ATHENS, Ga. -- The physical disadvantages Georgia (12-15, 3-10 SEC) has faced in the frontcourt this season have been obvious.
“I’d say you can count on one hand the number of times we’ve been physically even up front,” Georgia coach Mark Fox said.
Saturday’s 4 p.m. ET home game against No. 11 Florida (22-6, 10-3) might be one time where the Bulldogs’ post players don’t face a decided physical mismatch -- particularly after Gators forward Will Yeguete suffered a season-ending broken foot in Tuesday’s win against Auburn.
Donte Williams (7.5 ppg, 5.5 rpg) and Marcus Thornton (3 ppg, 5.1 rpg) play far and away the most minutes among Bulldogs in the frontcourt, although 6-foot-10, 245-pound freshman John Cannon played a career-high 14 minutes in Wednesday’s loss to LSU -- the first time Cannon has played double-digit minutes -- and could continue to see more playing time.
“He’s got great hands,” Fox said. “It’s just getting comfortable with all the things we do and the speed of the game has been an adjustment for him. I think when the matchups are right, you’ll see him play more.”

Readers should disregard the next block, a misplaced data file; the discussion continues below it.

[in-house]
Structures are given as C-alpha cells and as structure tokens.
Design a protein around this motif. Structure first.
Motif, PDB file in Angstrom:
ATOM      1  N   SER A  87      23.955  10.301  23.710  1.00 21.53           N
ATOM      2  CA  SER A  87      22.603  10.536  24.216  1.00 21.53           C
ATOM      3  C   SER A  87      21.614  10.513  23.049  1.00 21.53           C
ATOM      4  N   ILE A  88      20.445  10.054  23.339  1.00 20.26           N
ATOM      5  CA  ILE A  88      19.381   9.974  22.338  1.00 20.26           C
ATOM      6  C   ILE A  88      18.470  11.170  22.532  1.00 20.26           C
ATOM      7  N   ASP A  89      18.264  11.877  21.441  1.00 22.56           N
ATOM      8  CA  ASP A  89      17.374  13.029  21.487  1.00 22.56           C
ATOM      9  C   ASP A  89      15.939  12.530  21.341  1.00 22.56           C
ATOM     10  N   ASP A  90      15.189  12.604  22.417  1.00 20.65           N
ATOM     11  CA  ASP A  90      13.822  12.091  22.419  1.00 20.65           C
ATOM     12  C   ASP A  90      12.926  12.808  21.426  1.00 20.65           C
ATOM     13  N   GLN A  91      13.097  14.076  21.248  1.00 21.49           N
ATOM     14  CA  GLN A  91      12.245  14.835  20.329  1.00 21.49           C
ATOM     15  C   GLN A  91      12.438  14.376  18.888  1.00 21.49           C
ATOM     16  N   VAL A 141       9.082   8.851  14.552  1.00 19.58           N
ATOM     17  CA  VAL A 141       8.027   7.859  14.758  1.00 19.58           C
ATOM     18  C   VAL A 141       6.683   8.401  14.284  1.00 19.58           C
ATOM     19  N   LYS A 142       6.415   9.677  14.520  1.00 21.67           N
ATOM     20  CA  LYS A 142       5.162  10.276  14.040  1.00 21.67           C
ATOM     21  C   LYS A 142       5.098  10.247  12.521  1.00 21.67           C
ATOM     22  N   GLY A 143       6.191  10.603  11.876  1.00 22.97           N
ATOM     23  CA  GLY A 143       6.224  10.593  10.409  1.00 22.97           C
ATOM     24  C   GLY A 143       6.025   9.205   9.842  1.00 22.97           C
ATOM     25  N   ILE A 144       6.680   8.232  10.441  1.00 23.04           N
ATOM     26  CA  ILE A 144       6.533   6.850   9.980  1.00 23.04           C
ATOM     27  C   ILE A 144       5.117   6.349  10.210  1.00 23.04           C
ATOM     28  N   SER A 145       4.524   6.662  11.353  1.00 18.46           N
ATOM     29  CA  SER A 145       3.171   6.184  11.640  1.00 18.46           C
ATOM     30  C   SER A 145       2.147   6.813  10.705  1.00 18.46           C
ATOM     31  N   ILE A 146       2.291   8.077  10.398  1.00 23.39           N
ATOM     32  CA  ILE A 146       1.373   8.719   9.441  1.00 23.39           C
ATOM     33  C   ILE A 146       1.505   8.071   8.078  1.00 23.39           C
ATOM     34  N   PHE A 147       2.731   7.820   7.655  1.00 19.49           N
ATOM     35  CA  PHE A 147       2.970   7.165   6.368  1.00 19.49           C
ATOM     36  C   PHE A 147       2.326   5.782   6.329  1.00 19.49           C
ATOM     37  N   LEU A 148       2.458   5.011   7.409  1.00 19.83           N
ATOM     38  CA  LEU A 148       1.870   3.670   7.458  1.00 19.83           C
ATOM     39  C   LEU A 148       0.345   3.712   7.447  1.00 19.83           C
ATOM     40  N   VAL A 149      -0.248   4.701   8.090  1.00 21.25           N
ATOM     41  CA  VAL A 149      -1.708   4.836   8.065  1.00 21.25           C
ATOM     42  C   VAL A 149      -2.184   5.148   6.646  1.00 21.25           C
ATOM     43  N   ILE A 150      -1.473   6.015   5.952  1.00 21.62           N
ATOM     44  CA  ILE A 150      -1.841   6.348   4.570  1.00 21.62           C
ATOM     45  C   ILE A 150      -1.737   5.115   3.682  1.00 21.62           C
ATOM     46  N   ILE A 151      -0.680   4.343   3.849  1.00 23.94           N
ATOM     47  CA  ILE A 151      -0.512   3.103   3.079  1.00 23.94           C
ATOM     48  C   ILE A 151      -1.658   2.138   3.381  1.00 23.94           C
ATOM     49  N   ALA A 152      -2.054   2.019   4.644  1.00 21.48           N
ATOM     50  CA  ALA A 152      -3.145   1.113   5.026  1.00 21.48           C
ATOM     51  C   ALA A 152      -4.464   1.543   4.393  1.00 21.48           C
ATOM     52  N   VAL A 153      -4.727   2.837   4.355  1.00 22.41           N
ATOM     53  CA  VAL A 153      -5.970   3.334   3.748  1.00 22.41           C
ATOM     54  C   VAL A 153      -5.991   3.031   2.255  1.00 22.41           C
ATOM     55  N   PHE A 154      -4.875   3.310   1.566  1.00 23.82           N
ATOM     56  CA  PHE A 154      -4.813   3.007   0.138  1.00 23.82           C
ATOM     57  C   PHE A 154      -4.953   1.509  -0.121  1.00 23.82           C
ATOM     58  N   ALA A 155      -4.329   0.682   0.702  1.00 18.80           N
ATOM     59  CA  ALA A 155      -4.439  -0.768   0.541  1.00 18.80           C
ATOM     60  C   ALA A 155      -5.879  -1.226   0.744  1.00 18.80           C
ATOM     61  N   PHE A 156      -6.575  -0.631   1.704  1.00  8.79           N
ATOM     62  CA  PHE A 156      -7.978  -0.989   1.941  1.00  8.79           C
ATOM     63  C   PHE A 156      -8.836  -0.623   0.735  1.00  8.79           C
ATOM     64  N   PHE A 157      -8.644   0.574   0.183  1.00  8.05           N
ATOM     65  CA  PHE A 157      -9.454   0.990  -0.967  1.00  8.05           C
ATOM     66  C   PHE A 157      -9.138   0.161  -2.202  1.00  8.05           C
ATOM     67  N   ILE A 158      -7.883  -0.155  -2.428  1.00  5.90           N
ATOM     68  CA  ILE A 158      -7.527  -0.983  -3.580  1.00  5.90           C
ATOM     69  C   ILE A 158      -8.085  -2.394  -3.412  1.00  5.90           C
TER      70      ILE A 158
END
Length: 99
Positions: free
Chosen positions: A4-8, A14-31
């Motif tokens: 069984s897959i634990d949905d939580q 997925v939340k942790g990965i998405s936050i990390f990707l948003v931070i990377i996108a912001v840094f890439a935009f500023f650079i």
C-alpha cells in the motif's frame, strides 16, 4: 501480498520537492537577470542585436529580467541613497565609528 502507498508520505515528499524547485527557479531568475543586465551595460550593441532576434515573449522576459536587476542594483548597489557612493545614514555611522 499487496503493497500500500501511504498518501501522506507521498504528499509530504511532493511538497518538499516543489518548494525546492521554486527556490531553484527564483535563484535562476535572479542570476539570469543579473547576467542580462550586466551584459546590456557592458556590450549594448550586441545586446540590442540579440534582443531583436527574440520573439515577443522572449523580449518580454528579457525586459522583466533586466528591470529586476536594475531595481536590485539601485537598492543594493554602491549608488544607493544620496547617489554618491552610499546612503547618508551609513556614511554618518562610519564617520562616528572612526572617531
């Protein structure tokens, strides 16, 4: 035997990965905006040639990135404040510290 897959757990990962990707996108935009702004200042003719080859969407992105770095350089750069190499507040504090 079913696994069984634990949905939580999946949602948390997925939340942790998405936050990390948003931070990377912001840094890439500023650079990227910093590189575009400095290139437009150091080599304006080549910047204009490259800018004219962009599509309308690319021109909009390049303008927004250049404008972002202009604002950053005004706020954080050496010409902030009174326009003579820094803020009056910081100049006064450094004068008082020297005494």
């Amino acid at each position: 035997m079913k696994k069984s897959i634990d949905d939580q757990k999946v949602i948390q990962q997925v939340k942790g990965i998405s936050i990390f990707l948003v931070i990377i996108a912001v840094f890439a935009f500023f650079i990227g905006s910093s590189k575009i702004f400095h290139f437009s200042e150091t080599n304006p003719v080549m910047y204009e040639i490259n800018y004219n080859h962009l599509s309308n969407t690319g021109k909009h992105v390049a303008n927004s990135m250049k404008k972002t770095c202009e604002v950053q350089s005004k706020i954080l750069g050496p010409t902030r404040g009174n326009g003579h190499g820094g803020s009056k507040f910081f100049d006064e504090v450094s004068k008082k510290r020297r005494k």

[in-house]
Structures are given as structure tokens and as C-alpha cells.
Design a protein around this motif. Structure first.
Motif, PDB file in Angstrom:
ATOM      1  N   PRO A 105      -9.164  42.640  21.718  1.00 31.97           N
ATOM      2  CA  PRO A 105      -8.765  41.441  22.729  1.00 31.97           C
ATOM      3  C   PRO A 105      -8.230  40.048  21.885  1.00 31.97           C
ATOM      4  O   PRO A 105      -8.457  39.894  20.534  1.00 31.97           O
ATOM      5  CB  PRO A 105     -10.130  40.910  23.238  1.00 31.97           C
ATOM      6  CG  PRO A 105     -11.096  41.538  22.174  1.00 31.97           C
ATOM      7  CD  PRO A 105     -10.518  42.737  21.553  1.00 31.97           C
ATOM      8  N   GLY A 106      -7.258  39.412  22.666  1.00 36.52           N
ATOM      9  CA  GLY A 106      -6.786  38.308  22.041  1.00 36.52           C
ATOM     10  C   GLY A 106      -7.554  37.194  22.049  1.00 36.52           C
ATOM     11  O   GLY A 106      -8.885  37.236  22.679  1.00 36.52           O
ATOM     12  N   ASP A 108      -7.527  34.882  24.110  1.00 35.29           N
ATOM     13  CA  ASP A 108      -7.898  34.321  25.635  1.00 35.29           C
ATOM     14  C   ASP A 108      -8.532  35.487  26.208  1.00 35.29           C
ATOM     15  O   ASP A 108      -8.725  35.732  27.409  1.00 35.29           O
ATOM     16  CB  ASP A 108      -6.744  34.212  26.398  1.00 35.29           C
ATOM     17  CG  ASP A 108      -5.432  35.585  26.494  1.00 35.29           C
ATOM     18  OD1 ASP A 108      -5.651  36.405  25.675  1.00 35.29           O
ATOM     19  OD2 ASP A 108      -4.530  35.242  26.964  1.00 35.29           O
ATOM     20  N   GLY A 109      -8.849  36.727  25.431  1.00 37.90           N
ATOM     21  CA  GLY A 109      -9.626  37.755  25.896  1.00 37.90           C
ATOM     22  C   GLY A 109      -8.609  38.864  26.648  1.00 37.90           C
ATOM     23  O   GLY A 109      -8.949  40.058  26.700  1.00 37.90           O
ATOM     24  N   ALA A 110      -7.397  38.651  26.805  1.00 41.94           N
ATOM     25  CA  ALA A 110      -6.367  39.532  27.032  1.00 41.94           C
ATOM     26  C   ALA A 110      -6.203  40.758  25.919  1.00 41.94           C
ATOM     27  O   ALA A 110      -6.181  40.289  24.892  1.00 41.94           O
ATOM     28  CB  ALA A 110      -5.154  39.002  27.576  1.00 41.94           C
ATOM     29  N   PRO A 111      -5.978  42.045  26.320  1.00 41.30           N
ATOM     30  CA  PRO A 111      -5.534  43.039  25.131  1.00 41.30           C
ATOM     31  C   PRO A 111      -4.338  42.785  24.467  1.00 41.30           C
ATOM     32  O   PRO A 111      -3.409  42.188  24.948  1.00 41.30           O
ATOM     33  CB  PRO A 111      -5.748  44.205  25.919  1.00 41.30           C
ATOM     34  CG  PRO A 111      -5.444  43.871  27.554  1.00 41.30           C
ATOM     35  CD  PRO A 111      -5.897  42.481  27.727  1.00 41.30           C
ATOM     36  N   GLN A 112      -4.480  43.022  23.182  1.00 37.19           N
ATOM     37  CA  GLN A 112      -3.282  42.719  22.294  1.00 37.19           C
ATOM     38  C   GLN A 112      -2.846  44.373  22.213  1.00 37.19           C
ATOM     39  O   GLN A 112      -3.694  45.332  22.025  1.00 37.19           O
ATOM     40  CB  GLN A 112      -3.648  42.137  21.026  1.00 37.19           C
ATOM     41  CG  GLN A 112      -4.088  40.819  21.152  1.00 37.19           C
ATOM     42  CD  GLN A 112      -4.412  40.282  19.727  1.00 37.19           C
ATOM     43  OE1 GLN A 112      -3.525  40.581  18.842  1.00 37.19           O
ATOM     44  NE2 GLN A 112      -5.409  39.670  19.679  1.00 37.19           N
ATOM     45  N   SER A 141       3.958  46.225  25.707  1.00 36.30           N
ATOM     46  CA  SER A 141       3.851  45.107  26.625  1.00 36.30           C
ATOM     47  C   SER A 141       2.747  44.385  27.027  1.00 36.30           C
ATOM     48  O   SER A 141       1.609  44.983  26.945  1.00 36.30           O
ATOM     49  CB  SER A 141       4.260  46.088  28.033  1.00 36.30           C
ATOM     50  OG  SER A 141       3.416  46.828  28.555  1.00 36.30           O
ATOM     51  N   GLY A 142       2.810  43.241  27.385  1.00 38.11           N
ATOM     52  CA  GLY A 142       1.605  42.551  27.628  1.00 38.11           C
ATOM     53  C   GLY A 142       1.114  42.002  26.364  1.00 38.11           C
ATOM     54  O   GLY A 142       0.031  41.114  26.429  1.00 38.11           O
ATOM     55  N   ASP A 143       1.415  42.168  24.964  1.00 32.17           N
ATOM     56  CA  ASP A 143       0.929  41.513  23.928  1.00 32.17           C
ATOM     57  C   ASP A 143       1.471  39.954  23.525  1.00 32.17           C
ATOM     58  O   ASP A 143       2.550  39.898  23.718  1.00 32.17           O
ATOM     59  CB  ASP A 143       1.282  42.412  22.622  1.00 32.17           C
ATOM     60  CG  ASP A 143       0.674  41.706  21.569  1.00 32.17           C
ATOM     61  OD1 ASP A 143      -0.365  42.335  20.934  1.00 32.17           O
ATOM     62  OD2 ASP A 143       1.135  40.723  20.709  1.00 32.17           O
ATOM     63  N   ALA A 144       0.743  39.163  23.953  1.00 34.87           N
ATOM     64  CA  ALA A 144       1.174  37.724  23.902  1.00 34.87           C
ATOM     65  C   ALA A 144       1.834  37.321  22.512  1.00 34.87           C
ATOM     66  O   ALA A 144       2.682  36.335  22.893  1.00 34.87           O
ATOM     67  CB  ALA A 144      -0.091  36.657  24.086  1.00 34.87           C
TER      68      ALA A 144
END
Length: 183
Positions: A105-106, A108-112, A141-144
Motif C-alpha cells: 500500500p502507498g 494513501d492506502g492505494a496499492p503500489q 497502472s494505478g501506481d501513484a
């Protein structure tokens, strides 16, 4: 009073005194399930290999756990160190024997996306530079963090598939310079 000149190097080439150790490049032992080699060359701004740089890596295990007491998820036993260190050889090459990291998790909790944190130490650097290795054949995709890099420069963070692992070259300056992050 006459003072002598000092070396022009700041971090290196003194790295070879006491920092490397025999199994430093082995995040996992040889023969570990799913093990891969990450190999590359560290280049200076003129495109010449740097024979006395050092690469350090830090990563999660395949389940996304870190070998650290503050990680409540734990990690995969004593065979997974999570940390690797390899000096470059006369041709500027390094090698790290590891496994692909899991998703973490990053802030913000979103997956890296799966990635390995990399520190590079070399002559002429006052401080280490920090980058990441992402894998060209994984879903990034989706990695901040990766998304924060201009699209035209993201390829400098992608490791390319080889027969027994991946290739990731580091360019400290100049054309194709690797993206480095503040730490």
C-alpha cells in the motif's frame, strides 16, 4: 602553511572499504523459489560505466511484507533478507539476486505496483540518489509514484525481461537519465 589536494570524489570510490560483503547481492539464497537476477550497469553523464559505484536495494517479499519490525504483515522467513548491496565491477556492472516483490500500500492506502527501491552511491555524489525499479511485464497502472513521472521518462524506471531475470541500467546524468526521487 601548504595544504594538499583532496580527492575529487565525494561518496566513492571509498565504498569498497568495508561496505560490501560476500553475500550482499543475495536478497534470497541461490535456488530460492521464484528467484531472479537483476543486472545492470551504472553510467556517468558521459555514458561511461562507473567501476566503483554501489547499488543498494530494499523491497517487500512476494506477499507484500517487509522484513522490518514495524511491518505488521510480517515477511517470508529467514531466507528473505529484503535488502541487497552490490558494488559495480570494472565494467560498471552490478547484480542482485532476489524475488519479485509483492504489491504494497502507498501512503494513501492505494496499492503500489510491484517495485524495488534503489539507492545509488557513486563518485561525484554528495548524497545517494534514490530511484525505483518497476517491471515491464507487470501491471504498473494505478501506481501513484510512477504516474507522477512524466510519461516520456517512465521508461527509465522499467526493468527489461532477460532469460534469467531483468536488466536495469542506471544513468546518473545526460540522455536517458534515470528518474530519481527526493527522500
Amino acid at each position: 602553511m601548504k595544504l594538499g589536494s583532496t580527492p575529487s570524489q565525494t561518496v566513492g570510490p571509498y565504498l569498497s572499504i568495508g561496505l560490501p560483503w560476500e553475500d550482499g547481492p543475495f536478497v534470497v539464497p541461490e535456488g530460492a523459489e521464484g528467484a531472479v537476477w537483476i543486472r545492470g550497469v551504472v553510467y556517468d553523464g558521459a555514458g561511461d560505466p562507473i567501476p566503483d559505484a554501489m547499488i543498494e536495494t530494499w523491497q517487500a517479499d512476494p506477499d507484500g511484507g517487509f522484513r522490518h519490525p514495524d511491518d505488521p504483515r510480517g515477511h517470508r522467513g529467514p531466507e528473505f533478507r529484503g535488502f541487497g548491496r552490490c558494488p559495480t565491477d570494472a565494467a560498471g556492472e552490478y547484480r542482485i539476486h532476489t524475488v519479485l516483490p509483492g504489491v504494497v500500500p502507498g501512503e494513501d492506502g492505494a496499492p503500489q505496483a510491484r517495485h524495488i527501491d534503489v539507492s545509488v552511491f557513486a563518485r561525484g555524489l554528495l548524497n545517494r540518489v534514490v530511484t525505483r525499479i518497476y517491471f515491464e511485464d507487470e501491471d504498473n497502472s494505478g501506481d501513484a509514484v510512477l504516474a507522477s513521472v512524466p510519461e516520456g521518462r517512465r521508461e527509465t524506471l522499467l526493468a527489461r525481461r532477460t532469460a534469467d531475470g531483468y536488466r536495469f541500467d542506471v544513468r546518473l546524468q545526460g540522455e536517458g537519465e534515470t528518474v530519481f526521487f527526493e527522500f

Perhaps that could be against Florida, which leans heavily on outside shooting and got 42 points from its three starting guards Kenny Boynton, Erving Walker and Bradley Beal in a 70-48 win against Georgia earlier this season.
Williams, Fox said, is also a year away from becoming a “terrific” SEC post player.
Because of Georgia’s depth shortage in the post, Williams was often forced to guard the opponent’s biggest player, with Thornton often playing out of position, as well, and freshman Kentavious Caldwell-Pope playing small forward instead of his natural position, shooting guard.
As they gain experience and strength over the offseason, Fox expects them to be less physically overwhelmed by their opponents.
“This year just physically, [Williams is] playing against guys that are quite honestly 30 or 40 pounds heavier,” Fox said. “I don’t expect him to put on 30 pounds, but he’s just playing against guys that are a little bit physically more mature than he is. I think that will be less of an issue as he continues to add strength himself.”